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A plate of clams at the BC Shellfish & Seafood Festival in Comox

BC Seafood Festival



The Comox Valley on Vancouver Island produces 50%+ of British Columbia’s shellfish and the greatest number of oysters in Canada. Seems fitting, then, that it’s also the setting for the Island’s annual BC Seafood Festival.

Celebrating its 15th anniversary in June, the BC Seafood Festival (formerly the BC Shellfish Festival) began as a single dinner developed and hosted by the BC Shellfish Growers Association (BCSGA). In time, the BCSGA added a second day with a public event that focused on increased awareness of the growing shellfish industry.

This year, the festival will make its home at Mount Washington Alpine Resort and will feature returning events and new seafood-filled dinners, competitions, masterclasses, and tastings to celebrate award-winning BC seafood producers, chefs, and experiences. 

Events include the Clam it Up Happy Hour, Baked n’ Boiled Kitchen Party, Wild about Halibut– Halibut Demo & Lunch, Shucked Oyster Bar Happy Hour, a Gala Dinner, a Masterclass Series, and Bounty! A Brunch Seafood Cookout.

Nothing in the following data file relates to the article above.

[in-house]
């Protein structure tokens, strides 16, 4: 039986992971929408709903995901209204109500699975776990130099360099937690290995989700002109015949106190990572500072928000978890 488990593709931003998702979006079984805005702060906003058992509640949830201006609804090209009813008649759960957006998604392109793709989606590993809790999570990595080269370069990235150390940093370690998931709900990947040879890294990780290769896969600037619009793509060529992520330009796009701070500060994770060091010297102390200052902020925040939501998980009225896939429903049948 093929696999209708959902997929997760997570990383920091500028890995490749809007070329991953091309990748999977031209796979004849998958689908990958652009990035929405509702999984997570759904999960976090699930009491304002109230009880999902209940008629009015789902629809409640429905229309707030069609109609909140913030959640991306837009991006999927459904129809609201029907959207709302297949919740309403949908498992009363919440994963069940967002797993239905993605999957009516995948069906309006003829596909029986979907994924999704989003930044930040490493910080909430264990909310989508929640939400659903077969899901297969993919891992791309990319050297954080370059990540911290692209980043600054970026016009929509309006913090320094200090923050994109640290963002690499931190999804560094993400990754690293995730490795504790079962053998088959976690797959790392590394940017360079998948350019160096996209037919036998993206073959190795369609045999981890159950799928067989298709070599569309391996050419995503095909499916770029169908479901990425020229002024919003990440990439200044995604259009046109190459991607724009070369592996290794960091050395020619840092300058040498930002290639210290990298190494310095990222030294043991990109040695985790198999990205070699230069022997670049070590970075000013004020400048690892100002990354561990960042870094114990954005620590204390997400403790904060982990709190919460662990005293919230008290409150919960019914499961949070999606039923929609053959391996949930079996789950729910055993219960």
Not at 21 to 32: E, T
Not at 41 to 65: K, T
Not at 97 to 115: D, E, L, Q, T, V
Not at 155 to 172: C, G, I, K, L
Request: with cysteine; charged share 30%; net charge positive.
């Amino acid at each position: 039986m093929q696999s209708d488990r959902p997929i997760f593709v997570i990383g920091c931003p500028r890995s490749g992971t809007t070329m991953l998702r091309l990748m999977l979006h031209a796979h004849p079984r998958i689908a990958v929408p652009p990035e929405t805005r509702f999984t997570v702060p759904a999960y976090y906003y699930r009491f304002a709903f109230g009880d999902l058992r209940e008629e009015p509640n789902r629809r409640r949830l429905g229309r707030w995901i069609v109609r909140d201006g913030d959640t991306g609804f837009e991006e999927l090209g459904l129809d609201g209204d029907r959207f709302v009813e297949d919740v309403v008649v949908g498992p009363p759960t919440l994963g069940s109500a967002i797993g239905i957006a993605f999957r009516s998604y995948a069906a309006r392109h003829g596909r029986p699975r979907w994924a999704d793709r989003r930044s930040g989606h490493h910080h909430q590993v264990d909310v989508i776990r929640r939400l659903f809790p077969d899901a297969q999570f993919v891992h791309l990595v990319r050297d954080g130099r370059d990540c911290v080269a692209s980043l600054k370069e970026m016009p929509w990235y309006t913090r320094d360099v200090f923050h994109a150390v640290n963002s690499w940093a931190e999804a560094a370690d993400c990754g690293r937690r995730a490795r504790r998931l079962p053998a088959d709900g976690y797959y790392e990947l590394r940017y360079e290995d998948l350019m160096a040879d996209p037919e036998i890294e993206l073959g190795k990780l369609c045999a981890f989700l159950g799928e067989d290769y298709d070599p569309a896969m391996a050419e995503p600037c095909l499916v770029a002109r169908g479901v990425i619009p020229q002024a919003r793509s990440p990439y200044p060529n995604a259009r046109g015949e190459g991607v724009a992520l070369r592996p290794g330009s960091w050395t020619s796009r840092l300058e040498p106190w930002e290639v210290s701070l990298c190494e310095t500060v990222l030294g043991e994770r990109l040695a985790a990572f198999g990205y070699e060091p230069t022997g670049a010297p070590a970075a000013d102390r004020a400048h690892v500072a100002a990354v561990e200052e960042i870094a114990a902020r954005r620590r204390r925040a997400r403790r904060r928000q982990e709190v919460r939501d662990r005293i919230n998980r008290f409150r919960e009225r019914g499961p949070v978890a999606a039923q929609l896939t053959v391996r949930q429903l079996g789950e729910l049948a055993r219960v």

Competitions among chefs include the BC Seafood Festival Chef Challenge, Best Caesar in Town Challenge, a Chowder Challenge, and a Fanny Bay Oysters Shucking Competition. 

Photo credit: Boomer Jerritt


Mount Washington Alpine Resort
1 Strathcona Parkway
Comox-Strathcona C, BC
V9J 1L0

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  • Monday8 AM – 4 PM
  • Tuesday8 AM – 4 PM
  • Wednesday8 AM – 4 PM
  • Thursday8 AM – 4 PM
  • Friday8 AM – 9 PM
  • Saturday8 AM – 9 PM
  • Sunday8 AM – 9 PM

More places to visit in British Columbia

About British Columbia

In Canada’s westernmost province, fresh local bounty, talented chefs, and a melting pot of cultures combine to make British Columbia a top culinary destination. It’s a rich tapestry supported by farmers, growers, and producers whose ingredients shape menus in communities along the Pacific Ocean, in the Rocky Mountains, and everywhere in between.

Here, Indigenous cultures who have been nurturing the land for millennia showcase traditional offerings with a modern twist. Other multicultural influences inspire chefs and artisan food producers to blend local ingredients with global flavours. Dishes also vary widely, depending on place, creating distinctive regional dining scenes—from wild salmon sushi in Tofino to down-home guest ranch cooking in the Cariboo to delicate dim sum in Richmond. 

Victoria, the province’s capital, boasts more restaurants per capita than almost anywhere else in Canada, while Vancouver, BC’s most populous city, was recently recognized with several MICHELIN Stars, further elevating the city’s reputation as an international dining destination. Wine touring, spirits, and local beer are hugely popular here, too, in the Fraser Valley near Vancouver, on Vancouver Island, and especially along the Okanagan Valley lakeside, where seasonal pours provide the perfect finish to a day of hiking, biking, and swimming.

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